Indocyanine Green Fluorescence Onsite Visualization and Assessment System for Optical Guided Surgery
The Indocyanine Green (ICG) Fluorescence Onsite Visualization and Assessment System (iFOVAS) for optical guided surgery project has been funded by the Ministry of Science and Technology's Germination Program for supporting the development of medical devices with high market potential. The iFOVAS is a state-of-the-art imaging system developed by a multidisciplinary team from National Taiwan University Hospital (NTUH), Instrument Technology Research Center (ITRC) of National Applied Research Laboratories (NARLabs), the Department of Computer Science and Information Engineering of National Taiwan University (NTU-CSIE), and Wan Fang Hospital.
Traditional approaches for optical guided surgery include administration of ICG to patients for visualizing blood vessels. However, the need for a bucket detector and high cost of imaging systems used in ICG imaging limits its usability and availability for surgeons. The iFOVAS provides a novel visualization tool for surgeons through direct onsite projection of tomography measurements derived from ICG fluorescence patterns, which greatly improves their consistency and intuitiveness during surgery.
ICG, a near-infrared (NIR) fluorescence dye, is injected into a patient's body for visualizing blood vessels and lymph nodes. After absorbing NIR light (wavelength, 760−780 nm), ICG emits fluorescence at 800−850−nm wavelengths. Because ICG fluorescence is invisible to the human eye, a special IR camera that detects the fluorescence penetrating through human tissue and capture images is required. ICG is an FDA-approved drug and is widely used for surgery and liver function assessment. The dye is mainly used to trace blood vessels and lymph flow in order to determine tumor distribution, imaging grafted veins after coronary artery bypass surgery, locating breast cancer lymph node metastasis, and monitoring blood flow after organ transplantation.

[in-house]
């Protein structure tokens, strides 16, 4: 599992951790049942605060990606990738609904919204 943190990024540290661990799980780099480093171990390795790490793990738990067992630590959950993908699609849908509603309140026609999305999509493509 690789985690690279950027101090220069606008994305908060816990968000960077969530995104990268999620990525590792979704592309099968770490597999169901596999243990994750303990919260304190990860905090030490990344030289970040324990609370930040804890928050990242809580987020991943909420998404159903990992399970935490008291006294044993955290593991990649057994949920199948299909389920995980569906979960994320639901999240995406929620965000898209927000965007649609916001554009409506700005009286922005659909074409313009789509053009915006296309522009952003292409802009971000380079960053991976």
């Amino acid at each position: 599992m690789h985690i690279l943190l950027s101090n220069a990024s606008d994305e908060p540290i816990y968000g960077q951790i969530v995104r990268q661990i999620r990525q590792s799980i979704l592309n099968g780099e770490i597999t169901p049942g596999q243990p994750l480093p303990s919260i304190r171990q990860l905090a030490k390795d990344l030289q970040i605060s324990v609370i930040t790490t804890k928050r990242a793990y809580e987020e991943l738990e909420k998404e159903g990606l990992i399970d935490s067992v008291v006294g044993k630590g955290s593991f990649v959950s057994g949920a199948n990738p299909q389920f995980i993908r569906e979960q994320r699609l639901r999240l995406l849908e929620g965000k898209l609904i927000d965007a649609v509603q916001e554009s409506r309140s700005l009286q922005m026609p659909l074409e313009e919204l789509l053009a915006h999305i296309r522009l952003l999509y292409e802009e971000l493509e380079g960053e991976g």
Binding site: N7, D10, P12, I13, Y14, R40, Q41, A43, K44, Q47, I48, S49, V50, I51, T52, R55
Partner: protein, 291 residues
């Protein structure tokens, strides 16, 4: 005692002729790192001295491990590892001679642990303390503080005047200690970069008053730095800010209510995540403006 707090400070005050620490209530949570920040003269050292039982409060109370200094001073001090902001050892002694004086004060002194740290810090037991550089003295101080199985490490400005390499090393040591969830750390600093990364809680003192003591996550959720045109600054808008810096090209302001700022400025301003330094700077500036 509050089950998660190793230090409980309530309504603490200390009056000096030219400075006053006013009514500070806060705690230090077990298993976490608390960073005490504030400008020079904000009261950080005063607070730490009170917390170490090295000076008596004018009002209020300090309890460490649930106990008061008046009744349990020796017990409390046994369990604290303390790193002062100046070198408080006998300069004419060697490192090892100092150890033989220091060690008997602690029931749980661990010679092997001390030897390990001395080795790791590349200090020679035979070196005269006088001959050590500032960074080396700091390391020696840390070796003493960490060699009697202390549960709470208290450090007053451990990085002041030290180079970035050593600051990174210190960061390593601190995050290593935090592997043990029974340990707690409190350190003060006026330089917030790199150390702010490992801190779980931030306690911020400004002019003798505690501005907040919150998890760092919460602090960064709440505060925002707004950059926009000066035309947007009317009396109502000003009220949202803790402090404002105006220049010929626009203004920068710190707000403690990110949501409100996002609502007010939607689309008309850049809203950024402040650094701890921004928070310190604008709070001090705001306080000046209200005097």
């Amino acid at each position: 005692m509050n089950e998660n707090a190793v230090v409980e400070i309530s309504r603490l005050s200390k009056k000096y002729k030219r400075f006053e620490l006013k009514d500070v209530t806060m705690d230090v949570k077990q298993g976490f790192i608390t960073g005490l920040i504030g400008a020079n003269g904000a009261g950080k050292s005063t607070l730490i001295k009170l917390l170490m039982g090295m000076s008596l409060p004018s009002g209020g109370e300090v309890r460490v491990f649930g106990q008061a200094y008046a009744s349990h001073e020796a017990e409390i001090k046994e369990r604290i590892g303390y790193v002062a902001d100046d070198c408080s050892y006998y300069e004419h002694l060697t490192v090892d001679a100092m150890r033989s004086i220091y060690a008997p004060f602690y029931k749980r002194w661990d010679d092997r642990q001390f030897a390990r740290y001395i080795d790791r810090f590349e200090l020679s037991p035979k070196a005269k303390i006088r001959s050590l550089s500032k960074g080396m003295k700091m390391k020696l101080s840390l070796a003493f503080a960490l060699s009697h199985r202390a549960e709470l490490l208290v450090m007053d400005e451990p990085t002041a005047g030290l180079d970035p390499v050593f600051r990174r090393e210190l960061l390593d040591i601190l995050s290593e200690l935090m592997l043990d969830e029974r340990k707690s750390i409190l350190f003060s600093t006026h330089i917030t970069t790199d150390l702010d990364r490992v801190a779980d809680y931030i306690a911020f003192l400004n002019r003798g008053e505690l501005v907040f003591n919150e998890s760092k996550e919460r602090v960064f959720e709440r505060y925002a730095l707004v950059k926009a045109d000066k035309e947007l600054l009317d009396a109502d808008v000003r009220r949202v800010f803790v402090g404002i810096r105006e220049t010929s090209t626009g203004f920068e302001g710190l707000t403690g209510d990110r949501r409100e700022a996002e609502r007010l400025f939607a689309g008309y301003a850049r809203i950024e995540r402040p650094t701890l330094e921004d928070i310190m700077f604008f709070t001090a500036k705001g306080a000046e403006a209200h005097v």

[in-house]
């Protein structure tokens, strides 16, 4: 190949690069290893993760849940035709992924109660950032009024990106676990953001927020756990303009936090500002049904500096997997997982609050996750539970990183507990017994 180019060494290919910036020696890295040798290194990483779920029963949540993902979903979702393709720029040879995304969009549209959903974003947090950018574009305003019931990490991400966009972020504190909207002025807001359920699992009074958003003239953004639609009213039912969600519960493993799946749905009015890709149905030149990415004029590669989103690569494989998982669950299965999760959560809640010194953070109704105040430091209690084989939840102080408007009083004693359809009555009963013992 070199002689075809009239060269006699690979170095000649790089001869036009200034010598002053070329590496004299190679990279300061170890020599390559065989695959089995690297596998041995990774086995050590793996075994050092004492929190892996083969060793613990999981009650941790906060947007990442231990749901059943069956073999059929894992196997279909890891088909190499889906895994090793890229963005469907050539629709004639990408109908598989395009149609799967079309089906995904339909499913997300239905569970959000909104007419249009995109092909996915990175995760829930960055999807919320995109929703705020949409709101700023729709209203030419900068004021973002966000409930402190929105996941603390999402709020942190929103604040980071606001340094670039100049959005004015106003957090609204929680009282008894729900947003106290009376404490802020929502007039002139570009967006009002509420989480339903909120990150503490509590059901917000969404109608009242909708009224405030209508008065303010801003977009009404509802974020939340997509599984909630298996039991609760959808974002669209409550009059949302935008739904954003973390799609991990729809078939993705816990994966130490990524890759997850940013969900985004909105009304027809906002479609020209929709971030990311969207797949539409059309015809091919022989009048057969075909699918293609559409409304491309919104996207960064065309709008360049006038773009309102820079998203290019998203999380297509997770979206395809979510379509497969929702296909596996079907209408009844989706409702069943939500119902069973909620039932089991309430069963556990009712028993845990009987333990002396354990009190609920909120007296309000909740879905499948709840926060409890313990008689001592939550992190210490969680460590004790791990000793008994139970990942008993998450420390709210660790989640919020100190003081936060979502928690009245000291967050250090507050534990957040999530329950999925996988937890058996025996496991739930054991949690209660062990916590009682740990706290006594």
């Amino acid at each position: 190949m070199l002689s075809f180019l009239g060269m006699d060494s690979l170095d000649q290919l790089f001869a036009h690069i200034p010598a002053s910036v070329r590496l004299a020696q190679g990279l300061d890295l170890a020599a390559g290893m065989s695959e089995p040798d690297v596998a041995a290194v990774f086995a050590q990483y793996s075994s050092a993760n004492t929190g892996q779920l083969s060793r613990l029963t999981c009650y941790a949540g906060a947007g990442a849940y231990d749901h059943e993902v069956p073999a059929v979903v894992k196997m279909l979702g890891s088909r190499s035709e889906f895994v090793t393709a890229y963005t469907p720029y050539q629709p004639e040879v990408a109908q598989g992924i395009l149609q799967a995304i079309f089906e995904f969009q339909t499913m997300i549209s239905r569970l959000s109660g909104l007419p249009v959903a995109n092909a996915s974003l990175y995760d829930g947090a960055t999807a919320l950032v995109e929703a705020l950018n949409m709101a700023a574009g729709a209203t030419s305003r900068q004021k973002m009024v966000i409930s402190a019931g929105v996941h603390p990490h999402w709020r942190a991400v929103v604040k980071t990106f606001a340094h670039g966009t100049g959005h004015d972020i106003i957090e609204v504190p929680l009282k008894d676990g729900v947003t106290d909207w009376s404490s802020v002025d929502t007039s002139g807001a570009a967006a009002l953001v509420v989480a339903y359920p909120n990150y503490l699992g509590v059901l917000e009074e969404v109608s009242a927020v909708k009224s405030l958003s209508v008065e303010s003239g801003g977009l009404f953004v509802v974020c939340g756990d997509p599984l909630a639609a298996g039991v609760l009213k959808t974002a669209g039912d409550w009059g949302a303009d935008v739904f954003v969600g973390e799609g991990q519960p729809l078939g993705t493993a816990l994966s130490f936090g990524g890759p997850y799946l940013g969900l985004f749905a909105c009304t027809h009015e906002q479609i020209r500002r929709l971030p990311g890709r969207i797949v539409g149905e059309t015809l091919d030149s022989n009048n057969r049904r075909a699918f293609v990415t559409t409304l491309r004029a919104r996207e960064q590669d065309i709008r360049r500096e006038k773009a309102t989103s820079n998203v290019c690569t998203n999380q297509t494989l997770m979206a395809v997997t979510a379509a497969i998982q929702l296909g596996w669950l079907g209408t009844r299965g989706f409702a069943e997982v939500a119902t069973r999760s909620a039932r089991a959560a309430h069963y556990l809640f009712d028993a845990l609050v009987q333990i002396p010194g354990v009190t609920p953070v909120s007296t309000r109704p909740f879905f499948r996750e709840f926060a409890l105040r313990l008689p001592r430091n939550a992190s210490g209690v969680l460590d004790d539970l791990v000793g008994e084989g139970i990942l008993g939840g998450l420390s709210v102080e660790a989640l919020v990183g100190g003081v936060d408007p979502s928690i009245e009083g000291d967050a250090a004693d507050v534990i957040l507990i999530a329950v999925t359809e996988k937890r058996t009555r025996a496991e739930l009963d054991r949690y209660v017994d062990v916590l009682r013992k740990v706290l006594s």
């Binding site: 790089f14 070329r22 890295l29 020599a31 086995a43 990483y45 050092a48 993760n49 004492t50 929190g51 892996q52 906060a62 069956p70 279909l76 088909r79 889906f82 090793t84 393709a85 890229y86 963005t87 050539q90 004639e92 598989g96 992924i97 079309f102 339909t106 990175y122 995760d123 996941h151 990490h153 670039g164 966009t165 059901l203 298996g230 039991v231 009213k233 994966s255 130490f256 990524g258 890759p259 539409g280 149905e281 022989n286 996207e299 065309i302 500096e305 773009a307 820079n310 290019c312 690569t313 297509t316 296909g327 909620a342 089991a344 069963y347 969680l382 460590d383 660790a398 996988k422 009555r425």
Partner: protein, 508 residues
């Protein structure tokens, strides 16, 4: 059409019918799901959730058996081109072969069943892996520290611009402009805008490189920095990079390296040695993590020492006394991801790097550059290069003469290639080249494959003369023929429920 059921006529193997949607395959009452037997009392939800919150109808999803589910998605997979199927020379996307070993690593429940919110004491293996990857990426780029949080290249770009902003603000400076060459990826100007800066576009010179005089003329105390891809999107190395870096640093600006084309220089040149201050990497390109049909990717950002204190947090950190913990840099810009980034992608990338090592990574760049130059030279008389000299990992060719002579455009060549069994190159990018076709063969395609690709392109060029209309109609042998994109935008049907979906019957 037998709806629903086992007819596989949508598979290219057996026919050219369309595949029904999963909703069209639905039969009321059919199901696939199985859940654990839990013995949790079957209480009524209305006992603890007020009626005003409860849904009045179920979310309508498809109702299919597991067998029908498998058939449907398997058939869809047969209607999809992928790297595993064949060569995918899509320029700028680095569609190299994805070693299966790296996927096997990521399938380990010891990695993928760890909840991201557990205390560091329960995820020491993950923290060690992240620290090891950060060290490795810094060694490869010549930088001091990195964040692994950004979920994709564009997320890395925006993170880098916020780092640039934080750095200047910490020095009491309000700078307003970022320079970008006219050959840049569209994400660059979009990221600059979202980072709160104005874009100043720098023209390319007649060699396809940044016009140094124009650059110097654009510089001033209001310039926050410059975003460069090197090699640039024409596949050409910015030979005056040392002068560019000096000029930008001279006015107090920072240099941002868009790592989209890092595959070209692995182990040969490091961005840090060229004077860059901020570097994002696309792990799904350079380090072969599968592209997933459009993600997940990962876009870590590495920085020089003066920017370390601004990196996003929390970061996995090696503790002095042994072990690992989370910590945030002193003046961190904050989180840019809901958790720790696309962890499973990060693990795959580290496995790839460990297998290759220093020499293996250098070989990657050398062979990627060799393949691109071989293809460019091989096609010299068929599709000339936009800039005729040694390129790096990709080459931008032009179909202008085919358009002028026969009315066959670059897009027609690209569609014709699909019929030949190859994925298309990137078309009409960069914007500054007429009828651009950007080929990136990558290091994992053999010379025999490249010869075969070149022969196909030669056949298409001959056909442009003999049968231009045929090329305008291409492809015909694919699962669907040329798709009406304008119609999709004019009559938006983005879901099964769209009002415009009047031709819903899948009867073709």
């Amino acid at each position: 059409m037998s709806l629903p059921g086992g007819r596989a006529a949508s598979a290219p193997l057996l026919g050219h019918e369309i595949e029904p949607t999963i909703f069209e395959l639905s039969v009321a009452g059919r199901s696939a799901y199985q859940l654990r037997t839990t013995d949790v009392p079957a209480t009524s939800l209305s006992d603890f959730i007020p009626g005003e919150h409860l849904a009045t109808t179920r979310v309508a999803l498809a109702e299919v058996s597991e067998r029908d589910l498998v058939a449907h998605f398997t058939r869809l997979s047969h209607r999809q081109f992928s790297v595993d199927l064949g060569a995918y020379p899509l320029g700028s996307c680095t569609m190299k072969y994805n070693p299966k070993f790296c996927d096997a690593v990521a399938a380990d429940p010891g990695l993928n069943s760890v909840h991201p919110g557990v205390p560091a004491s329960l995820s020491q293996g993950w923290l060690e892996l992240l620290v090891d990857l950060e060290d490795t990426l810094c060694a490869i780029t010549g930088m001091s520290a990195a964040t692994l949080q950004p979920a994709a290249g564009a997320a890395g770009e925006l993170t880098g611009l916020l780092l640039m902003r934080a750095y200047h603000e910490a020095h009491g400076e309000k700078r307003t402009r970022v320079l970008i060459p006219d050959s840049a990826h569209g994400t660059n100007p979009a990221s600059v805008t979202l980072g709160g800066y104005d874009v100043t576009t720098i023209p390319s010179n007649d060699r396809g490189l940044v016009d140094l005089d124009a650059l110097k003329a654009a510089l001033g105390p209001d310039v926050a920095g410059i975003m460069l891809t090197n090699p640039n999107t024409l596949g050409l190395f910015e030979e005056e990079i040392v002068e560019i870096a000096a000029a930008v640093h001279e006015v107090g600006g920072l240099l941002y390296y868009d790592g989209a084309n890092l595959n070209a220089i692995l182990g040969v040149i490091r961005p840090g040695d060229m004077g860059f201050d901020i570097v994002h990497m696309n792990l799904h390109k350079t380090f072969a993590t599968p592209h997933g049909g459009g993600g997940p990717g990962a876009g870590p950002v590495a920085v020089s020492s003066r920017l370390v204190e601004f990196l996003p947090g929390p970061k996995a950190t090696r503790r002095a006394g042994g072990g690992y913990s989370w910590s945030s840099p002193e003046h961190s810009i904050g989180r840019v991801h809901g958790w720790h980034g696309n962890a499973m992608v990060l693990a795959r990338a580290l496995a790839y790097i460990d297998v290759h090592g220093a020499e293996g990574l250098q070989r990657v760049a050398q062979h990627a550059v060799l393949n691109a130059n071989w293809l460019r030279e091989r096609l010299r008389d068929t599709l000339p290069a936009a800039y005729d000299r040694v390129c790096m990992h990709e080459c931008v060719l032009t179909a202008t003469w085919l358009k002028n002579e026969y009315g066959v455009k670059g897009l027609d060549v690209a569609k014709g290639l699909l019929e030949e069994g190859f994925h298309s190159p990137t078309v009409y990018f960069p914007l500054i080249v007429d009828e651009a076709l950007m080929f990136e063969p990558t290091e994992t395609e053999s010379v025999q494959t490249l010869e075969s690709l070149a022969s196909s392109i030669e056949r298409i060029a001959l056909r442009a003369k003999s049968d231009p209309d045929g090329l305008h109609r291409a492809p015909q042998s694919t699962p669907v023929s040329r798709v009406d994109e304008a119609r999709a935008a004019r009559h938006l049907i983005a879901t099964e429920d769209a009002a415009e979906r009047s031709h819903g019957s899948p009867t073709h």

The most critical challenge encountered by surgeons when using the current ICG fluorescence imaging technology is that they must repeatedly view images on a screen to locate the fluorescent area, which interferes with their concentration during surgery.
The iFOVAS was developed by using light emitting diodes as the light sources. It can convert invisible NIR light to visible light and project tomography measurements of the fluorescence image, thus aiding surgeons in focusing on surgery.
Moreover, the surgeon training process mainly relies on the use of their eyes; the iFOVAS can provide surgeons a more intuitive user experience and improve the surgical process with immediacy, accuracy, and safety, thus increasing surgery success rates.
In addition, the onsite visualization and real-time projection of fluorescence images on a surgical site during surgery is extremely useful for junior surgeons; they would benefit from intuitive visual surgery and improve their surgical skills with a faster learning curve. Therefore, through the use of this system, patients can receive higher quality medical services and senior surgeons can have more effective teaching support and share their valuable experiences with junior counterparts. In the future, the iFOVAS, which has high market potential, will be used in practical applications in surgery.
The iFOVAS research team has received the 12th National Innovation Award from the Institute for Biotechnology and Medicine Industry.